Texas prison officials officially announced on Tuesday after a Supreme Court ruling last week that the state had to respond to the demands of convict on death row prisoners who wanted to speak out to their spiritual advisers during the execution. He said he had no plans to update the rules.
However, the Texas Criminal Justice Department said such requests by prisoners would be reviewed on a case-by-case basis and they would work to authorize them unless they present significant security risks or are “outrageous.” Stated.
However, convict on death row lawyer John Ramirez said the Supreme Court ruled last week, but left it on a case-by-case basis and did not outline certain rules. It doesn’t solve.
“By not changing the Protocol on what the minister can and cannot do, they are only inviting future federal judges to continue executions,” said Ramirez’s lawyer Seth Kletzer.
Ramirez is on death row for the 2004 robbery killing a worker at a convenience store in Corpus Christi. Ramirez stabbed the man Pablo Castro 29 times and robbed him of $ 1.25.
In an eight-to-one opinion issued last week, Chief Justice John Roberts touched the minister and prayed loudly during the execution, without increasing security risks or causing confusion, as Texas claimed. He wrote that it is possible to meet Ramirez’s request to have him. ..
Roberts “adopts clear rules in advance” about touching and praying inmates to avoid delays in executions and ensure “prisoners’ interest in religious movements.” Stated.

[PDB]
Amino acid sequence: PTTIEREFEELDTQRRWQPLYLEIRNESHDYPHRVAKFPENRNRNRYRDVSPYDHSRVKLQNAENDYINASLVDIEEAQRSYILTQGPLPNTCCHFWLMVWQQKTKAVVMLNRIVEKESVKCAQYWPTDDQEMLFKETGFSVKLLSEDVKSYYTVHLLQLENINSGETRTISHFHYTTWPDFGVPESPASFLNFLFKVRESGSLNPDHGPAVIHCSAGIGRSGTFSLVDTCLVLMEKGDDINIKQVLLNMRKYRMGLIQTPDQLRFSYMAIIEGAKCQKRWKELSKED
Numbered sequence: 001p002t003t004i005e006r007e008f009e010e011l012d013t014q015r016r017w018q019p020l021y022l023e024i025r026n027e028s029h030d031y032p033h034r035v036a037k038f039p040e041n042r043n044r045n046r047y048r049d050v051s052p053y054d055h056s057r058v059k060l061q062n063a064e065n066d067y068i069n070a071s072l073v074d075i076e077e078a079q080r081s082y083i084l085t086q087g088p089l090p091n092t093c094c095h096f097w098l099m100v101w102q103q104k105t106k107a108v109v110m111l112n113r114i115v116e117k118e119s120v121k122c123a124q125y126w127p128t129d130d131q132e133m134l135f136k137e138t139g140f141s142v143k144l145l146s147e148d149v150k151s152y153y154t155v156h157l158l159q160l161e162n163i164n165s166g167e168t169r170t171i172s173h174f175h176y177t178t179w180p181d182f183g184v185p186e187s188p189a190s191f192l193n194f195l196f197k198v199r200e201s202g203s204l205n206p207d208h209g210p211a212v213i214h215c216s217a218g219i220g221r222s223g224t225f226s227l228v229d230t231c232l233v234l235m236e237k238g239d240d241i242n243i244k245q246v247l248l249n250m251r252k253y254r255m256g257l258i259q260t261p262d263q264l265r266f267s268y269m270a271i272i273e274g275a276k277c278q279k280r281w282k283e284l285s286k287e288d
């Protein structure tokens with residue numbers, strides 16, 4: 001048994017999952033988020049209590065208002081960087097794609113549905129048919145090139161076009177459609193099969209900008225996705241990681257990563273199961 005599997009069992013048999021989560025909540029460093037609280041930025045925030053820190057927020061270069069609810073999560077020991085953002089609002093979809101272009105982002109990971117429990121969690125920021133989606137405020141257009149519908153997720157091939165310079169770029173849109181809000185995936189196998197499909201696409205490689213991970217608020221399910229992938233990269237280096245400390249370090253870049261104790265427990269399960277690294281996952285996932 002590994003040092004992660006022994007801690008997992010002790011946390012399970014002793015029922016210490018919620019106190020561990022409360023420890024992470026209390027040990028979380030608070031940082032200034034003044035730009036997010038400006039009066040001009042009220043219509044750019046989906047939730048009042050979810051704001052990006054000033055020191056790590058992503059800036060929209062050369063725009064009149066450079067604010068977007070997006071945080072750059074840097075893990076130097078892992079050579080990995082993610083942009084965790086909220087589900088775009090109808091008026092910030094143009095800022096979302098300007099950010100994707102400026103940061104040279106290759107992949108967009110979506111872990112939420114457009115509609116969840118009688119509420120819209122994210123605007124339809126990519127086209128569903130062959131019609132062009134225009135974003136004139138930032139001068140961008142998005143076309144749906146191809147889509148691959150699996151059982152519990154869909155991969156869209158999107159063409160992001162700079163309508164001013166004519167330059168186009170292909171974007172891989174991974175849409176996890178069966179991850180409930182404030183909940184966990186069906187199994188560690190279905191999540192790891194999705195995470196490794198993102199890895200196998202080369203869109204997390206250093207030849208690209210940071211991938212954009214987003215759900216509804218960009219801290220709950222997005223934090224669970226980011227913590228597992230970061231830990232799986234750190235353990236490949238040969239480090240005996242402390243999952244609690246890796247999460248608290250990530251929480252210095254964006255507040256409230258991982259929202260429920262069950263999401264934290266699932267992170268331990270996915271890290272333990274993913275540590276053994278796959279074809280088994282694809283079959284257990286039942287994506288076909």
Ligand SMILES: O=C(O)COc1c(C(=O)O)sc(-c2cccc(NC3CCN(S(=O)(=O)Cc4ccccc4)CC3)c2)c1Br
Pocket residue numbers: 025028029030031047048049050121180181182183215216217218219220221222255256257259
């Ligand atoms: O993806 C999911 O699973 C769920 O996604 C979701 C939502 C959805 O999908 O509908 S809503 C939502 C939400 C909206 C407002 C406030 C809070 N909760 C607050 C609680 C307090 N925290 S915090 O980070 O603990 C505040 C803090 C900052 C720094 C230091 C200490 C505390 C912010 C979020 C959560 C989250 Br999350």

In a statement released Tuesday afternoon, the Texas Criminal Justice Department said: If a spiritual adviser is selected and asked to pray or touch the prisoner, we will check each one on a case-by-case basis. “
When asked to clarify the statement, a spokesman for the authorities said the authorities would work to respond to and authorize the most rational demands.
“Unless it’s ridiculously ridiculous, we feel like we can. Talk one-on-one with a spiritual adviser and respond to them if they need to be touched and prayed.” Man said.
The High Court ruling was issued after the April 2021 Texas Prison System overturned a two-year ban on spiritual counselors in the Death Room, but limited what they could do. Texas says his religious freedom has been violated because his Buddhist spiritual adviser was not allowed to accompany him after the Supreme Court suspended the execution of Patrick Murphy in 2019. Insisted and enacted a ban. Murphy remains on death row.
Murphy’s proceedings ruled that the court refused to suspend executions in 2019 because of his request to have an Islamic spiritual adviser in the execution room of Alabama prisoner Dominek Ray. Issued after being criticized.
A spokesman for the Texas Prison Systems Agency said authorities believed that outlining specific rules for touching and praying would lead to more proceedings and delays in execution.
However, Cretzer said Texas prison officials did not fully consider the Supreme Court’s ruling by not outlining certain rules about what spiritual advisers could and could not do.
“Their remarks sound to me as they are humming, but they haven’t sung the song that Chief Justice Roberts gave them last week,” Kletzer said.
Cretzer pointed out the case of convict on death row Willy B. Smith III in Alabama. The case was executed in October after Rev. Smith reached an agreement with specific rules on what he could do in the death row cell. A spiritual adviser can be concrete.
“They were able to accomplish this,” Kretzer said.
Cretzer predicts that “we will return to where we were before the ruling last week: proceedings, stays” unless Texas makes specific rules about what a spiritual adviser can and cannot do in the death room. Did.
“We always want to be a little vague so that we can keep our enemies on our toes,” the Texas Criminal Justice Department said. “They always want you to keep guessing,” Kretzer said. rice field. “Unfortunately, lawyers, more specifically federal courts, don’t like guessing. They like the details.”